Our first film project was a four parts documentary on the Mekong river. Since then we have filmed on few other rivers. Along waterways we tell about culture, environment and stories of Lands or regions.

THE RHONE – From the Swiss Alps to the Camargue – SWR – 2019

The Rhône, one of the longest and most significant rivers in Europe. Its upper course shapes the Swiss Valais, its lower course has been France’s most important north-south axis since Roman times. Originating in the Swiss Alps and winding its way through Switzerland and France, its waters flow past historic landmarks, high-tech industrial areas and an extraordinary variety of landscapes. With the Rhône, the film portrays a lifeline of Switzerland and the south of France and tells of the challenges this river faces today in times of climate change. The many different faces of the river reveal haunting stories of people who live with and along the Rhône: boatmen, engineers, biologists, winegrowers, rice farmers, bull breeders…

„THE RHÔNE – From the Swiss Alps to the Camargue“ (90 Min.)
„THE RHÔNE – From the Swiss Alps to Lyon (2 x 45 Min., Teil 1)
„THE RHÔNE – From Lyon to the Camargue (2 x 45 Min., Teil 2)

The documentary shows a sometimes wild and dangerous river that has been tamed and straightened since the end of the 19th century. In the meantime, 23 power plants are damming the river, and hundreds of kilometres of dikes are intended to protect the residents from floods. Climate change will also change the Rhône: in summer it will carry less water, and in autumn in particular more violent floods are to be expected. This is one of the reasons why the course of the Rhône is being corrected again today, but this time it is also about re-naturalisation, especially of the old arms, which show what the Rhône once looked like everywhere.

The 90 minutes documentary shows the Neckar as a one of the life lines of the Baden-Wurttemberg region of Germany and enquires the future of the river – as a motor of economic development and a valuable natural asset that needs protection. From its source in the nature reserve of Schwenninger Moos to the city of Mannheim, where it flows into the Rhine, the film tells about the people who are connected to the river.

the last professional fisherman, the only woman captain steering a freighter, a woman in charge of a salt mine in Heilbronn, a young engineer in a 246 meters high tower for testing elevators, a scholar in the German archive of literature on the tracks of the Romanticists and a biologist looking for ecological hotspots in the middle course of the river. The documentary from Pia Grzesiak and Rolf Lambert shows the Neckar as a river that delivers many exciting stories and strongly influences the south-west of Germany.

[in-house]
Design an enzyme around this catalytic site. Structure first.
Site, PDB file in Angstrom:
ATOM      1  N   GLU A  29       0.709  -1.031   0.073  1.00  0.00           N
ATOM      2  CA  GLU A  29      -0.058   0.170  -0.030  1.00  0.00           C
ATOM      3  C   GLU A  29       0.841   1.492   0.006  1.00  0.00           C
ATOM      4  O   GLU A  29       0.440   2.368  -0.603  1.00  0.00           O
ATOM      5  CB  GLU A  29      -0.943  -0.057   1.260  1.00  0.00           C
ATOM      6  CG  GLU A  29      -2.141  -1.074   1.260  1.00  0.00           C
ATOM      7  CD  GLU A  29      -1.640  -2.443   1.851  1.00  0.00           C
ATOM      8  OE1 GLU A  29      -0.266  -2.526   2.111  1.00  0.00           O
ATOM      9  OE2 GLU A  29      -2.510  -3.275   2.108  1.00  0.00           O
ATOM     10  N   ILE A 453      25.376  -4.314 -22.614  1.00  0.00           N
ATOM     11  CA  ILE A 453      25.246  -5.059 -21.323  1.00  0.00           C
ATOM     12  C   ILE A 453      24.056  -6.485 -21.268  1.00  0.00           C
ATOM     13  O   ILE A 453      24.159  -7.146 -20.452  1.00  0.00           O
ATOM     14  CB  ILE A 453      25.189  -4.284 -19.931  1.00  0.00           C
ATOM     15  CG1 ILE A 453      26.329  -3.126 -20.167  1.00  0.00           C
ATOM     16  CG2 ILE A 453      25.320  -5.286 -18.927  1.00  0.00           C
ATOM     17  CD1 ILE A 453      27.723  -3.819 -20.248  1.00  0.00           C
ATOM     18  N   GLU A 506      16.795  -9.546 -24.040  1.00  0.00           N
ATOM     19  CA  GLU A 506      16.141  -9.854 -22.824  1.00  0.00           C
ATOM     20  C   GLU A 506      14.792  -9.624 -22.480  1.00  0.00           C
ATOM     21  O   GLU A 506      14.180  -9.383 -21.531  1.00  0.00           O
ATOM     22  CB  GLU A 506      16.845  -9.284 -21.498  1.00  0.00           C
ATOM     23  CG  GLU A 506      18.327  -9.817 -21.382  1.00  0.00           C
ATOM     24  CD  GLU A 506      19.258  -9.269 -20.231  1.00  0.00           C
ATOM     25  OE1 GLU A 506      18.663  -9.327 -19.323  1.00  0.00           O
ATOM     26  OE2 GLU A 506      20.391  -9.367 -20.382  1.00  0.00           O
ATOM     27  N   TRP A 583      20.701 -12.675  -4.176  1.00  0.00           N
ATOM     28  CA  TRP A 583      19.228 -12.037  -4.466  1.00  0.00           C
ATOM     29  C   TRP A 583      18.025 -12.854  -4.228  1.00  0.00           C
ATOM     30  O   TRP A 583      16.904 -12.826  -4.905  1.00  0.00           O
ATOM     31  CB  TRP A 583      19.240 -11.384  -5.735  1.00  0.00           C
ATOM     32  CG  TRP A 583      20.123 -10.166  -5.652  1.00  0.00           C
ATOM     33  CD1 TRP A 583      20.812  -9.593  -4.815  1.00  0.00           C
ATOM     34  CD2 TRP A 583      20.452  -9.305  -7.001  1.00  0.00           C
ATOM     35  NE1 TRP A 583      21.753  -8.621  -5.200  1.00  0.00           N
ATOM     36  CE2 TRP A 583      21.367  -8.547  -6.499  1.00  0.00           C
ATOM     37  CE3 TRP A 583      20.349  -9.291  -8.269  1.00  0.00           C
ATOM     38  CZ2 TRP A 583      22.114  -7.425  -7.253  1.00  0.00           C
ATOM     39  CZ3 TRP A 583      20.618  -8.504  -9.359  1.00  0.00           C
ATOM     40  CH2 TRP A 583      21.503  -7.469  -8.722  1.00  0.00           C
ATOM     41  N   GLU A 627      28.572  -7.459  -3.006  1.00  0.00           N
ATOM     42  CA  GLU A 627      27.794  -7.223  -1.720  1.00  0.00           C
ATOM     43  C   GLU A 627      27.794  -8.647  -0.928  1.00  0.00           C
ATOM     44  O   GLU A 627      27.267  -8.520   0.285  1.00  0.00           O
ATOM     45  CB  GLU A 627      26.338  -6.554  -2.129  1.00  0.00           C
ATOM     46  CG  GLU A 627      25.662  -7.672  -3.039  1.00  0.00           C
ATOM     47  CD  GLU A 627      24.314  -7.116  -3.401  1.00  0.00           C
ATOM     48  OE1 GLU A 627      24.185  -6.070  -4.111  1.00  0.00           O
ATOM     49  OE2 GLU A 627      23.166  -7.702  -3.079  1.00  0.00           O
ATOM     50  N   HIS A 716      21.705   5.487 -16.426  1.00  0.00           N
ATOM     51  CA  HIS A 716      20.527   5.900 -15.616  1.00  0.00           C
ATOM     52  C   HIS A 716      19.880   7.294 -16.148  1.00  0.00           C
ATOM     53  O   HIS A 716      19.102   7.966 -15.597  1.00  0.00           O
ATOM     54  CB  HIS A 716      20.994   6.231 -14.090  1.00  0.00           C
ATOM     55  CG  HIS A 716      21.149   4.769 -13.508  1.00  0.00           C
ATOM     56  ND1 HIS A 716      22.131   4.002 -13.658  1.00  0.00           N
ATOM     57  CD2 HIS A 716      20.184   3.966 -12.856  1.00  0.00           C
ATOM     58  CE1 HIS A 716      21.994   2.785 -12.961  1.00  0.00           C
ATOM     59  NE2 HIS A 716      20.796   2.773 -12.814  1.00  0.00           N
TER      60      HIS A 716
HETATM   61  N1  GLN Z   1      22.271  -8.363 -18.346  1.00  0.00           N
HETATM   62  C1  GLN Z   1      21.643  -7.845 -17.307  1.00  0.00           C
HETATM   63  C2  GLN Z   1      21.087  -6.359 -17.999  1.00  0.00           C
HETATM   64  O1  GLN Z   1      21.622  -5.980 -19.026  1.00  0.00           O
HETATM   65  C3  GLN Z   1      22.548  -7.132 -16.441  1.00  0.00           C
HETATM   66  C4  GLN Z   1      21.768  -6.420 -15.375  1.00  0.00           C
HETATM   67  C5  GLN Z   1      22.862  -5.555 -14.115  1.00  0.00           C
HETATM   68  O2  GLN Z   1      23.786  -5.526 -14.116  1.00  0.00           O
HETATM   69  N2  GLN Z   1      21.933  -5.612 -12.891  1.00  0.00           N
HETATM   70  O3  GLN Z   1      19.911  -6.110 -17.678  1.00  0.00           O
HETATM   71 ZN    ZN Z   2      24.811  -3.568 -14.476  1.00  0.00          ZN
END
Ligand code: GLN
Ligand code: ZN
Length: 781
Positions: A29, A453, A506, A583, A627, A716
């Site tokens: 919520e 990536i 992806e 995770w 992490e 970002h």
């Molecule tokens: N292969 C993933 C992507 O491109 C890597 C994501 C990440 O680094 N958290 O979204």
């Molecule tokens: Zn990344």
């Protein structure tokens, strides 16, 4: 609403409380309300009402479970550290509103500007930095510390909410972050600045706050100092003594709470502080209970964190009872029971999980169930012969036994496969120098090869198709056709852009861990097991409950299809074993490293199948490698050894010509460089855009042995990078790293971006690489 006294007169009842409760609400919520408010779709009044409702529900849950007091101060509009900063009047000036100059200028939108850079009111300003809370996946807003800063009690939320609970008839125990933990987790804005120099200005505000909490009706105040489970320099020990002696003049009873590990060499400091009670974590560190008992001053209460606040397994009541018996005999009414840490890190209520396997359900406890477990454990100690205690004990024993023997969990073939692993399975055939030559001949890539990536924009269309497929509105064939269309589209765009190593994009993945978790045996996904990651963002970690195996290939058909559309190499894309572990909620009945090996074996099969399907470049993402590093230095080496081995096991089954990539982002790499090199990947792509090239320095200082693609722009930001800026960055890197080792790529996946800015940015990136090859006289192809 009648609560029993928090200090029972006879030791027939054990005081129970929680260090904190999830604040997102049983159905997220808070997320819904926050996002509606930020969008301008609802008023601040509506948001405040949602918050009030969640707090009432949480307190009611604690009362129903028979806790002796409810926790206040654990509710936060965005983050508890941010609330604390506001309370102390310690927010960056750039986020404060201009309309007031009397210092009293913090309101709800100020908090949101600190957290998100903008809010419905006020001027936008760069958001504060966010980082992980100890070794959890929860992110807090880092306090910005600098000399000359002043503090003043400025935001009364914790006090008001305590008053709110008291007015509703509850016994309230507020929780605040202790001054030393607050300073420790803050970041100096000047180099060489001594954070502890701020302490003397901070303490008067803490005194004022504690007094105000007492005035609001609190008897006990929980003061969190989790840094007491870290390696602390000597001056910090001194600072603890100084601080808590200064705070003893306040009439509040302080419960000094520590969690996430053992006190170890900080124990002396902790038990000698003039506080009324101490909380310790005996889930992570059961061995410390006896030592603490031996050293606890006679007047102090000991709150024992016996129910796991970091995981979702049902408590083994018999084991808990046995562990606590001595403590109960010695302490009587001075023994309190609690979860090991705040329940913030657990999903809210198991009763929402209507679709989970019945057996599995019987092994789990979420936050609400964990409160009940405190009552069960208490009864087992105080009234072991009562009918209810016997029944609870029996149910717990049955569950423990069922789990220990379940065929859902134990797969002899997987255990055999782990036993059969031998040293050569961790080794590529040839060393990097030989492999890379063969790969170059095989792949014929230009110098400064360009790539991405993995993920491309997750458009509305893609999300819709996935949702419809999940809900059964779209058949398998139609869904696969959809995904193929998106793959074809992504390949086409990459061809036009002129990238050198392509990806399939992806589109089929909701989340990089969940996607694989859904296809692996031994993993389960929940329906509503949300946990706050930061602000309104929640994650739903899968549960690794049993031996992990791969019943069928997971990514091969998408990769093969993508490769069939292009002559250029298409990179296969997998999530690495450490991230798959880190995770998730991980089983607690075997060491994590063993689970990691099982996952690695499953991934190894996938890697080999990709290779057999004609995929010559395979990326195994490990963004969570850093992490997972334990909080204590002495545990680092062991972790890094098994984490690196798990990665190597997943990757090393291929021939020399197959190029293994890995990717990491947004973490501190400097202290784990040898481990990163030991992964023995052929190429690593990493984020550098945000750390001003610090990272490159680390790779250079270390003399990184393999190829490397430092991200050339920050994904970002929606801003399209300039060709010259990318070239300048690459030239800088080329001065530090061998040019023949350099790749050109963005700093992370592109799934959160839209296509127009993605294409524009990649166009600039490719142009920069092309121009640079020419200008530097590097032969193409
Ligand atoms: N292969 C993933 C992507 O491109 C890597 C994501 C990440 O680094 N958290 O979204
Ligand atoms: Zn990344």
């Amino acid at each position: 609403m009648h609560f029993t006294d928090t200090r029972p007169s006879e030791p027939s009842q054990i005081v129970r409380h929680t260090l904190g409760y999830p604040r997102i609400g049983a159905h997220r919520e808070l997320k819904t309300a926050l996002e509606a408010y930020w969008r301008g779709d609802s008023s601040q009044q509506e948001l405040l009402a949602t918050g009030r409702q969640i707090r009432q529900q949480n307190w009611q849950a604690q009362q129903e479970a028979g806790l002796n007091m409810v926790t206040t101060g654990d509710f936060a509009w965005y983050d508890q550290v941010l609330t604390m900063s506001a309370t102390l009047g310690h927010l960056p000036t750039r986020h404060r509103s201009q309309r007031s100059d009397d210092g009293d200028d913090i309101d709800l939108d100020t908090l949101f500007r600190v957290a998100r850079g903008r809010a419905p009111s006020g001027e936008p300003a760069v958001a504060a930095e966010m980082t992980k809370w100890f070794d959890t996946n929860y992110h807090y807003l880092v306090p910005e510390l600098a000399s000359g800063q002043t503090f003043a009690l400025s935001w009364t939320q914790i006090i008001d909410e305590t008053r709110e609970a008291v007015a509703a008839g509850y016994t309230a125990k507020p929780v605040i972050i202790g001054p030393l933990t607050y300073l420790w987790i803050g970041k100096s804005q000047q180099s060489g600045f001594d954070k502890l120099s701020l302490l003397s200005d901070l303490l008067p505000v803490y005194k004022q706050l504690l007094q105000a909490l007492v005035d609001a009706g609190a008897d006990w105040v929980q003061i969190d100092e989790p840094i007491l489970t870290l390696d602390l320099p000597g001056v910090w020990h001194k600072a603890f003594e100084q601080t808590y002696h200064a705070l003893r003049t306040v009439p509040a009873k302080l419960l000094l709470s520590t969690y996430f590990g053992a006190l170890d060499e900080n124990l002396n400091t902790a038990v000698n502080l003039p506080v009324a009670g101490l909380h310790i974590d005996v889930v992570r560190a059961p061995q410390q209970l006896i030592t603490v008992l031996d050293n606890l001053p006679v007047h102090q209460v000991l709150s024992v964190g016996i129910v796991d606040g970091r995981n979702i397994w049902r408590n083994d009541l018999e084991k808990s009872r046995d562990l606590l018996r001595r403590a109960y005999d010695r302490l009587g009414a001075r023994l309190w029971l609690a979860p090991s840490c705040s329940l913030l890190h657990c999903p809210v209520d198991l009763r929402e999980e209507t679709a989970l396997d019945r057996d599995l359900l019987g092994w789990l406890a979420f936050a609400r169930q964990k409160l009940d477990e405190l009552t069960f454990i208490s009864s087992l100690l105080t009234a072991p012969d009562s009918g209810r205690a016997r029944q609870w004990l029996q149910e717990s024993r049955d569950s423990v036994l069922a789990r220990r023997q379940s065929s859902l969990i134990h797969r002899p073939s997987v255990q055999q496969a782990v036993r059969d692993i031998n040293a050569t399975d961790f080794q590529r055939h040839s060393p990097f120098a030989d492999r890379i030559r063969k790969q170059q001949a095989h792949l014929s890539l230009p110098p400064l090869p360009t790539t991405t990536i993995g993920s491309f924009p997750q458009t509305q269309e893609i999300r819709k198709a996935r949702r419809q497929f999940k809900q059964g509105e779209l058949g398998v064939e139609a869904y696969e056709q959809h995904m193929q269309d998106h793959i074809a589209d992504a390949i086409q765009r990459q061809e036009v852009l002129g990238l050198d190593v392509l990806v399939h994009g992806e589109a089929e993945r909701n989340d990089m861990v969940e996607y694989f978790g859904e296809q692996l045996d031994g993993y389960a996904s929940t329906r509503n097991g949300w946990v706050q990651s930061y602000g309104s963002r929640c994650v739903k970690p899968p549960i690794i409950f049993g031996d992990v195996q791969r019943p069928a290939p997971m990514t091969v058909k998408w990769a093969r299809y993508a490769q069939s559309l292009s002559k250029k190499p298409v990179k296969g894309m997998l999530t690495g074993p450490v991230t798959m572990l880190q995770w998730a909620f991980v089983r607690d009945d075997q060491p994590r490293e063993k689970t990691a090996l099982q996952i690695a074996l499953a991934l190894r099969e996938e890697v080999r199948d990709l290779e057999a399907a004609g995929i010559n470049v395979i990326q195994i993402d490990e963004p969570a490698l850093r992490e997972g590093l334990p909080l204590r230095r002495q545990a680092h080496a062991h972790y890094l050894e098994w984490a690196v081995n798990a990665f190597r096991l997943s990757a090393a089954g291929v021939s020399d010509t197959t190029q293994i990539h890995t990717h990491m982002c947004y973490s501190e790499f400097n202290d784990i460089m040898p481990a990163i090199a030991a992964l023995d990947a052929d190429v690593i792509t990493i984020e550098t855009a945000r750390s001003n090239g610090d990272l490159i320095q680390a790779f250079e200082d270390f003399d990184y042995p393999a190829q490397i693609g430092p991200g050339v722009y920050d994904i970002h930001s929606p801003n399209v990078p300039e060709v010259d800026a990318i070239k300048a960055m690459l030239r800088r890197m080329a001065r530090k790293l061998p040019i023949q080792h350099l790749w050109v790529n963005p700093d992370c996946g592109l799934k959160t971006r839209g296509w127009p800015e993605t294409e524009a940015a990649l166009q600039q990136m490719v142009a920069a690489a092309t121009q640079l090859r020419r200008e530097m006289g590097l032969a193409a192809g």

2 Films x 44:30 Min., 90 Min., 16:9, 4K, stereo
The two films follow the Gulfstream on its journey along America’s East Coast and across the Atlantic all the way up to Norway. Arial views show the landscapes that are influenced by the Gulf Stream, from Florida to Newfoundland, from the Azores through France and the extreme West of Ireland and the Scottish Orkney Islands, all the way to Iceland and the Lofoten Islands in Norway.

We encounter scientists and people who live and work with the current. Is it loosing its strength? And if yes, what does that mean for our planet?

The first part dives with a submarine in the history of the first Gulf Stream Expedition, encounters Gulf Stream voyaging sea turtles, accompanies divers exploring the “Ship’s cemetery of the Atlantic”, pays a visit to the Woods Hole Oceanographic Institution and takes off to the air with the International Ice Patrol looking for icebergs offshore Canada’s coast. Part 2 of the documentary starts on the Azores, where we see scientists fixing sensors on deep sea fishes that travel with the Gulf Stream.nIn France we show how engineers are developing a new generation of high-tech buoys that can take measurements in sea currents 4000 meters deep. We meet adventurous gardeners in Ireland, weathered-faced fishers in Norway and archaeologists in northern Scotland, who document the influence of the Gulf Stream on the Europeans settlements in the Neolithic.